We’re standing in the corner of a dimly lit room that smells strongly of eucalyptus. Every time I inhale it feels like I’m breathing into a wet, warm paper towel. I’d never really wanted to get a massage before, it involves all the things I usually try to avoid — spending money, touching strangers, being told to “just relax” — but it was a birthday gift to a friend. I’d also never been big into “self-care,” having worked in women’s magazines I discovered early on that a lot of it is advertisers wanting you to buy $78 scented candles and $250 face creams (that work the same as $8 face creams). Plus, I decided if you don’t think about how your body is slowly falling apart, it doesn’t hurt as much.
“How are you feeling?” the masseuse asks.
“Oh, I’m good, I just got over a cold,” I say, assuming she’s referring to the fact that I haven’t stopped sniffling since I walked in.
“No, I meant your body.”
I’d never thought about this before. How does my body feel? I just wake up, hurl myself from bed, throw on clothes, cram myself into a crowded subway car, and then hide away in a cubicle and type, hunched over a laptop, for eight hours each and every day.
“It’s good,” I say.
Then she spends the better half of the next hour painfully working out one decade-old kink in my shoulder. Apparently my early twenties had taken a harder toll on my body than I thought. The entire time I was on the table, I couldn’t relax. I could barely breathe in between winces, and all I wanted was for this nice lady to stop beating me up.
While I didn’t love the whole massage experience, I left the spa that day recognizing that I might benefit from a little “self-care” no matter how cringey (or privileged or commercial) the term had become. At the very least, I should start taking care of myself.
Later that week, while I was scrolling through Insta Stories, I came across a friend’s photo of a pale pink-colored bath with a Zadie Smith book and a beer. I dug a little deeper and found that there are bath bombs to help energize you, others to help you relax, even some to put you in the “mood.” I’d never really gotten into CBD products, and the bath bomb is maybe one of the most extra items in the “self-care” universe. (“What does it even do aside from make the water Instagrammable?” I thought.) But I decided to give it a shot. My knotty, Mother Willow-esque body needed to relax and I didn’t want another stranger to touch me again.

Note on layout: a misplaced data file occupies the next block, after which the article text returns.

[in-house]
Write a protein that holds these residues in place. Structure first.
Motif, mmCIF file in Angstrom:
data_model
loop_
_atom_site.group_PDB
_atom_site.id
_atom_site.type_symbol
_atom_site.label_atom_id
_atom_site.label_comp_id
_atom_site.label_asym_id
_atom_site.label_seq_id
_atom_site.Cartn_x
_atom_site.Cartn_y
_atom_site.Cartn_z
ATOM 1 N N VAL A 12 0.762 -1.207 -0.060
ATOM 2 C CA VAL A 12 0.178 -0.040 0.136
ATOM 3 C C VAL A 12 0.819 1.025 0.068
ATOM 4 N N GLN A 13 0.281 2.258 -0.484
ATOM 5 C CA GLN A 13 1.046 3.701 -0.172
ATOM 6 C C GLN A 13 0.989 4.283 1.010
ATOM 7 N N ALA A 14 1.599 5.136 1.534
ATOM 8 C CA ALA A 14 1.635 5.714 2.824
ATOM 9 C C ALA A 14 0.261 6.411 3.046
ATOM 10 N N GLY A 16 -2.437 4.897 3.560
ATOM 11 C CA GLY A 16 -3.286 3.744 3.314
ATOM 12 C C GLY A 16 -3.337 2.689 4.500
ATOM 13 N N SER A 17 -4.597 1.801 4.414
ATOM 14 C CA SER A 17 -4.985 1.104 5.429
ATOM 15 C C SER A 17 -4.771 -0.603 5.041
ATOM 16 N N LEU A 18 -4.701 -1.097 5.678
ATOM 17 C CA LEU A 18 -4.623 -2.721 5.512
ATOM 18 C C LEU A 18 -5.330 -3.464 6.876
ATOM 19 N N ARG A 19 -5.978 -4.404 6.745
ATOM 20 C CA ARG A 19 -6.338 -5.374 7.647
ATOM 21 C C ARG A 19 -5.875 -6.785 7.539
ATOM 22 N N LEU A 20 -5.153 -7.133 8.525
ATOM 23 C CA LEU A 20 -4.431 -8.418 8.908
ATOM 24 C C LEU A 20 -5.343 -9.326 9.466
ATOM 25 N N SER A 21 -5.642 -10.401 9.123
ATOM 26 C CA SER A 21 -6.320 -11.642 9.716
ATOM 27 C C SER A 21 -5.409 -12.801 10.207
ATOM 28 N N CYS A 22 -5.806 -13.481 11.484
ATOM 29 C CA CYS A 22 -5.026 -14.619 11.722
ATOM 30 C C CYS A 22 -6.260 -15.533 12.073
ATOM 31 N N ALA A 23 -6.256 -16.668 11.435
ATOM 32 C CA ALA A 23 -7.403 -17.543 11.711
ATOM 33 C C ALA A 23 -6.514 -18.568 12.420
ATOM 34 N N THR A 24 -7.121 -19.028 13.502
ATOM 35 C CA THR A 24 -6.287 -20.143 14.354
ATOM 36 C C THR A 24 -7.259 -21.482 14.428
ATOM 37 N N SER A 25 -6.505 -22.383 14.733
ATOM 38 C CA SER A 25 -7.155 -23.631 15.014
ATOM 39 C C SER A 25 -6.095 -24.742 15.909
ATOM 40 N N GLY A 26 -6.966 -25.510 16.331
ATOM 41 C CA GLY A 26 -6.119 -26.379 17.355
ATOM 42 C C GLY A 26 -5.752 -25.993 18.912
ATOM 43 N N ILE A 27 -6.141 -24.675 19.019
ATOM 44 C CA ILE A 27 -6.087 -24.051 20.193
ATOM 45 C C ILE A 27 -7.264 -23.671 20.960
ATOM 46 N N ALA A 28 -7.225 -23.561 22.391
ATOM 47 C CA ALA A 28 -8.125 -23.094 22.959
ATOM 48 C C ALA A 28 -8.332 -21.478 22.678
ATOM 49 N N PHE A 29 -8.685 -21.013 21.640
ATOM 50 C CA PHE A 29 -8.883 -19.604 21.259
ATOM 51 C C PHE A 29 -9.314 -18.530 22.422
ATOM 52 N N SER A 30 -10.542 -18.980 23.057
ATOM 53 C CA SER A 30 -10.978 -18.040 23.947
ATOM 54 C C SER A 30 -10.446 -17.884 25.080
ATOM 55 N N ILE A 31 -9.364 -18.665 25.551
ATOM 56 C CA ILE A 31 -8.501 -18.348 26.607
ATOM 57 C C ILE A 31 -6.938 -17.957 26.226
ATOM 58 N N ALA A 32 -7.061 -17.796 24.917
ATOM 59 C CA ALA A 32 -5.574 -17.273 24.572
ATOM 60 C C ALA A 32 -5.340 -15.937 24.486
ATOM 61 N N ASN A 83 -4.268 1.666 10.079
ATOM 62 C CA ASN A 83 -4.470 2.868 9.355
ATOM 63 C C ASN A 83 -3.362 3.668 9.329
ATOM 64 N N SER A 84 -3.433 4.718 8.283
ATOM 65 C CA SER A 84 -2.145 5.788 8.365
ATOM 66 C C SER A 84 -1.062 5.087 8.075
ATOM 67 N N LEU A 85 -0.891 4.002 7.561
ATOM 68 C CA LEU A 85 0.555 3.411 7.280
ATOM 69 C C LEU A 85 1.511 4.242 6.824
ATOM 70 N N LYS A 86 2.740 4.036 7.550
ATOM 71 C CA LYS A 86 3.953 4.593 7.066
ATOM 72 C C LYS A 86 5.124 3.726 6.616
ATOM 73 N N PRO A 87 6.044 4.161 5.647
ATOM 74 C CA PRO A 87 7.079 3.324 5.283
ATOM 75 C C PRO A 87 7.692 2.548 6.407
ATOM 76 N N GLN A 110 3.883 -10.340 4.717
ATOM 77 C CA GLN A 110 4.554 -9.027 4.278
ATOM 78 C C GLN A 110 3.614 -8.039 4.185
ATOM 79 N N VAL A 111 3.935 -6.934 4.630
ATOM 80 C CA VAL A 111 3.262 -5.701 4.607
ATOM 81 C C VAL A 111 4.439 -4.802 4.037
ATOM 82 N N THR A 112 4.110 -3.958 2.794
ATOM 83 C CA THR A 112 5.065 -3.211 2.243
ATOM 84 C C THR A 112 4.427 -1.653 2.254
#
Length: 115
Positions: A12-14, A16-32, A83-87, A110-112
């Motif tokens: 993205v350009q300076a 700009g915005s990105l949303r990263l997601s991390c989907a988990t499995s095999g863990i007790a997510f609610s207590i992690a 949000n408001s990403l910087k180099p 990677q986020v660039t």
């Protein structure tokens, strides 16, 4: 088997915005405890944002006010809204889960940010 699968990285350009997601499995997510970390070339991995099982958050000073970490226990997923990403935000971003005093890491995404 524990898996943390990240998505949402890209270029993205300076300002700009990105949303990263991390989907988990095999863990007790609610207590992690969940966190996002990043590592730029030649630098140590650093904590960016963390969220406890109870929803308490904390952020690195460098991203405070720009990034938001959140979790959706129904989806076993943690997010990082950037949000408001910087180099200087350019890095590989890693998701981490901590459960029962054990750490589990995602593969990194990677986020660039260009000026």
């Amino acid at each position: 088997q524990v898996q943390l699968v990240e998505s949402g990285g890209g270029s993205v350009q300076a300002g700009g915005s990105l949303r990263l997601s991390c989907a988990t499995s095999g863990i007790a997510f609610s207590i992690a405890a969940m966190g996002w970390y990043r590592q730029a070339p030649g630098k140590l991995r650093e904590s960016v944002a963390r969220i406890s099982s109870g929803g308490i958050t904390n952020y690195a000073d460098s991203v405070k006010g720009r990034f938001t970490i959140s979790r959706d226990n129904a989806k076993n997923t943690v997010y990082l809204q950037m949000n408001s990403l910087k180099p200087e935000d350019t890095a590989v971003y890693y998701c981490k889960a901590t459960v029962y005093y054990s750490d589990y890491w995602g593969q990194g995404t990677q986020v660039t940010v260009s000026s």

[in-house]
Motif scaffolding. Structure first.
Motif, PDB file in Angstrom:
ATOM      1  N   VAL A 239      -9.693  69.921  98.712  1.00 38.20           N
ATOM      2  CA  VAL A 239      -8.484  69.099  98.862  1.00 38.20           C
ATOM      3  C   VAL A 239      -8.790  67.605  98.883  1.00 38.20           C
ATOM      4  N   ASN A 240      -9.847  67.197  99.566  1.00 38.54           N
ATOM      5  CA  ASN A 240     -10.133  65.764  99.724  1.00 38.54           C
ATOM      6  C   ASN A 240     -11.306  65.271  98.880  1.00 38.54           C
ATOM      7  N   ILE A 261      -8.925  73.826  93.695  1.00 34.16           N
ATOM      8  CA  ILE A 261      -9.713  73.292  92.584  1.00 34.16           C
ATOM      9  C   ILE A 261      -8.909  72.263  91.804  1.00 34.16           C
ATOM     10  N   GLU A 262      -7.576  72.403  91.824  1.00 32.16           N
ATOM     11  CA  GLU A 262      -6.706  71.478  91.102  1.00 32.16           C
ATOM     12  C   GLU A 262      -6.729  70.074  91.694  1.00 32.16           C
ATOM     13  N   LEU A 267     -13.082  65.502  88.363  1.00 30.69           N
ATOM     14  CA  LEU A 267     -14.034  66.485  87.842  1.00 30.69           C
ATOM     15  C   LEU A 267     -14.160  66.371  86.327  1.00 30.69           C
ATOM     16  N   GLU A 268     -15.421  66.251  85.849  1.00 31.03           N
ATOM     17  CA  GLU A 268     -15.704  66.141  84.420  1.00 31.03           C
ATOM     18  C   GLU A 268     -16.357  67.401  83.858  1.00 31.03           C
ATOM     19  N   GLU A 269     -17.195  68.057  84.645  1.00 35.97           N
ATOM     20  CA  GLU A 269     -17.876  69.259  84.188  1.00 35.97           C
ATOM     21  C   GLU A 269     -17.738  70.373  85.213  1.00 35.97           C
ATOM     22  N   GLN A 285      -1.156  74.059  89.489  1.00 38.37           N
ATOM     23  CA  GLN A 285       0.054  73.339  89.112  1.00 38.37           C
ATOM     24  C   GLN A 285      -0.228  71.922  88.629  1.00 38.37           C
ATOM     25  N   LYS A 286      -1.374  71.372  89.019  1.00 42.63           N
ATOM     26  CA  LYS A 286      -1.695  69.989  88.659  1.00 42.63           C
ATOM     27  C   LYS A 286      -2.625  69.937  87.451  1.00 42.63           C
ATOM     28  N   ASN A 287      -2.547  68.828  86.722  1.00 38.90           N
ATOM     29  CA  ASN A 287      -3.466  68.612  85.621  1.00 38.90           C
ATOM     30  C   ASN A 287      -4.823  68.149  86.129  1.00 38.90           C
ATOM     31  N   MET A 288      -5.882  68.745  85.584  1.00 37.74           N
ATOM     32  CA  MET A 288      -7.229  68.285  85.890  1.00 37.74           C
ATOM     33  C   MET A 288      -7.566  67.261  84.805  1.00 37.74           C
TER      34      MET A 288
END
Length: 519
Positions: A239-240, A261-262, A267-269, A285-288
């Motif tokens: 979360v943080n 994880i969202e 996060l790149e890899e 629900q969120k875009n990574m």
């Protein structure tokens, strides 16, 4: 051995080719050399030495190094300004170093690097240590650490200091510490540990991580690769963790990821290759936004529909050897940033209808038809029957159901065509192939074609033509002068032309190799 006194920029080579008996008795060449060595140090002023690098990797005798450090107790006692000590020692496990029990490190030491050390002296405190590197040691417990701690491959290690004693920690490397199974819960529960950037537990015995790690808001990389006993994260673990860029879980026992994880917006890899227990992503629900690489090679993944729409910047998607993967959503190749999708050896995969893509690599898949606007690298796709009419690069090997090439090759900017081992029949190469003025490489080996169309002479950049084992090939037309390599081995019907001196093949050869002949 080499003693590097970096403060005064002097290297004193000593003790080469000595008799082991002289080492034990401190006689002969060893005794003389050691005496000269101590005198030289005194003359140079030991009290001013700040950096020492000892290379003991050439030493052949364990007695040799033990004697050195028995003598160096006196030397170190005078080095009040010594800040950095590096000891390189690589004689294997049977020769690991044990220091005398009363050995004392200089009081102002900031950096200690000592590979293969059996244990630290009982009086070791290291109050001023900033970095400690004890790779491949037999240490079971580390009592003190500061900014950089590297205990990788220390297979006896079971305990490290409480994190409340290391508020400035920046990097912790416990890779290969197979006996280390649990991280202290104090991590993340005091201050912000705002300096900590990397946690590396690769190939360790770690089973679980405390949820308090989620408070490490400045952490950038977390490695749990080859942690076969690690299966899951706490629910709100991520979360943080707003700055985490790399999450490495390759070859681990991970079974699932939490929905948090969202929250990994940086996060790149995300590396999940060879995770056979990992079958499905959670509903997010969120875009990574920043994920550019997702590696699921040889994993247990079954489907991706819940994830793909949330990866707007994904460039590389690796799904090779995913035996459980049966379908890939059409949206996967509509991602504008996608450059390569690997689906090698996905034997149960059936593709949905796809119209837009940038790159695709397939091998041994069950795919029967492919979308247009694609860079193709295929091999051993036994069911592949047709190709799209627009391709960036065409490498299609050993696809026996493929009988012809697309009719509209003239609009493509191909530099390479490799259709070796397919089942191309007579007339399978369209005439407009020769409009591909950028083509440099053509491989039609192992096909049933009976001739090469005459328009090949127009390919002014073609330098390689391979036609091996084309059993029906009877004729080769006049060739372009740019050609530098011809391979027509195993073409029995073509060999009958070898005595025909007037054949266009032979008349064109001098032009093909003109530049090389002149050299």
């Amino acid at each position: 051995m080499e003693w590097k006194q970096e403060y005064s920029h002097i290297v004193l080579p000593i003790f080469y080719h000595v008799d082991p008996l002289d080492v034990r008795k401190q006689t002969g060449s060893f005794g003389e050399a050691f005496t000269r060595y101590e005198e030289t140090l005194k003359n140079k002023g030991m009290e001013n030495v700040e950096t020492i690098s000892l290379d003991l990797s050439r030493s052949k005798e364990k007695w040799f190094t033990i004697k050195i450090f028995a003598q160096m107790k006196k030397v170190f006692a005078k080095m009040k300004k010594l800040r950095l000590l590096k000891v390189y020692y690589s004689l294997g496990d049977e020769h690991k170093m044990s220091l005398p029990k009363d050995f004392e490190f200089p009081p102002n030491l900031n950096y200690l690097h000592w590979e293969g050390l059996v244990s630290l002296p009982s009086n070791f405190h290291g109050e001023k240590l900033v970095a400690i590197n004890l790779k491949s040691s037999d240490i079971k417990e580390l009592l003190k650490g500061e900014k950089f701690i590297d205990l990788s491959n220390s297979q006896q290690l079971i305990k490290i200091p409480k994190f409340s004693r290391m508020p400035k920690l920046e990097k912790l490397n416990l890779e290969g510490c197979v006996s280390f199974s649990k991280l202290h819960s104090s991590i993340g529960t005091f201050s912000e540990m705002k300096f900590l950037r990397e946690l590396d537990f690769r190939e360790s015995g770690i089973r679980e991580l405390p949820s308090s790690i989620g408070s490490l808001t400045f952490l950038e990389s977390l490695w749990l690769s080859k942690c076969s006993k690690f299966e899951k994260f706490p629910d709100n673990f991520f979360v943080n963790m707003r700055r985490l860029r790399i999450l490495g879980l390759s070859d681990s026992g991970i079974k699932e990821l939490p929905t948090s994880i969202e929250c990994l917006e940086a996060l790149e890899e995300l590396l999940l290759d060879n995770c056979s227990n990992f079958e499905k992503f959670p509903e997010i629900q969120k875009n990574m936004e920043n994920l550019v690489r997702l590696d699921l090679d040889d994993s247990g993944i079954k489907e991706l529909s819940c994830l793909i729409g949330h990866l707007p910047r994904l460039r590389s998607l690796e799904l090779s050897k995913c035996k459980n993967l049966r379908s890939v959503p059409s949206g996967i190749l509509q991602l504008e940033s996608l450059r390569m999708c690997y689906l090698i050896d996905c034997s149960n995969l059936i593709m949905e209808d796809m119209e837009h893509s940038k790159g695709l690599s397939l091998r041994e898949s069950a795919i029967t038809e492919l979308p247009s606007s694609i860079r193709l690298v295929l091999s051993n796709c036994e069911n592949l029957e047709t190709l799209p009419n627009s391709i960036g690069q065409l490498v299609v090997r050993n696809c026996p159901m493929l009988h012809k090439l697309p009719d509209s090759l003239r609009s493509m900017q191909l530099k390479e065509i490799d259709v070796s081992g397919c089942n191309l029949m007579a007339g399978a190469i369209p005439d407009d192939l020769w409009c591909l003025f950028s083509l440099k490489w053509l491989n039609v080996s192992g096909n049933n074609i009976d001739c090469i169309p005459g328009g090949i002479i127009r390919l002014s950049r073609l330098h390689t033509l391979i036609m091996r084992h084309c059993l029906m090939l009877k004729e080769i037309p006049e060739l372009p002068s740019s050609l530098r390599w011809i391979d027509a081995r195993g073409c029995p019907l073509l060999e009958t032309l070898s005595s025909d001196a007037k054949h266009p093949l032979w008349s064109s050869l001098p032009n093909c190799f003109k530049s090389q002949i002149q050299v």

I ended up choosing a bath bomb which promised to “provide clarity and energy while also soothing those aches and pains”. Basically, I wanted a pink one because it matched my shower curtain. (Yes, I am the worst). I drew a bath in my new apartment — I was living on my own for the first time since moving out of the home my ex-girlfriend and I shared (read: extra stress) — and plopped the hot pink bath bomb into the water. I was reading Eve Babitz’s Black Swans at the time and the cover of the book matched the water. For a second, I’d finally achieved Pinterest-levels of perfect.
After Instagramming the moment (because what else are bath bombs for, right?), I slipped into the tub and let the hot water rush over me. A few minutes into the bath, my entire body felt like a masseuse had been working on it for hours. It was like each of my muscles had taken a Xanax. The bath bomb didn’t change the fact that I was single, in my late twenties, and living on my own with an expensive rent to pay, but it sure did make me feel better about it — at least for a few hours.
While I felt like a balloon floating gently above my body, I wasn’t actually high. Like a lot of topicals, many CBD bath bombs don’t contain any THC at all. In fact, the one I used kept me alert while also soothing my physical pain (read: turned me into a human tub of butter). Others, like the Life Elements Bliss Ball, are meant to help treat different skin conditions like dry skin, acne, eczema, and psoriasis, in addition to being anti-inflammatory — which is to say, they work for soreness, cramps, and chronic pain. And if a bomb isn’t your medium of choice, there are also CBD Bath Salts.
Once my bath water turned cold and the last of the bomb had disintegrated, I got out of the tub and wrapped myself in a warm towel — a crucial step in the post-CBD bath bomb process. Later as I cooked dinner, I noticed my shoulders were more relaxed, not in their usual position, bunched up around my neck like I’d just been called on in class while not paying attention. The best part is that bath products are much more affordable than a massage — the Bliss Ball Bath Bomb costs $14 and the Vertly salts come in at $29. You don’t even need to leave your house!
While I might never become the avocado toast-Instagramming self-care yogi of my own dreams, I’m at least thinking more about my body and ways to take better care of it. I notice my breathing more, sit up straighter, and of course, melt into a CBD bath at least once a month. After roughly a decade of neglect, it’s really the least I can do.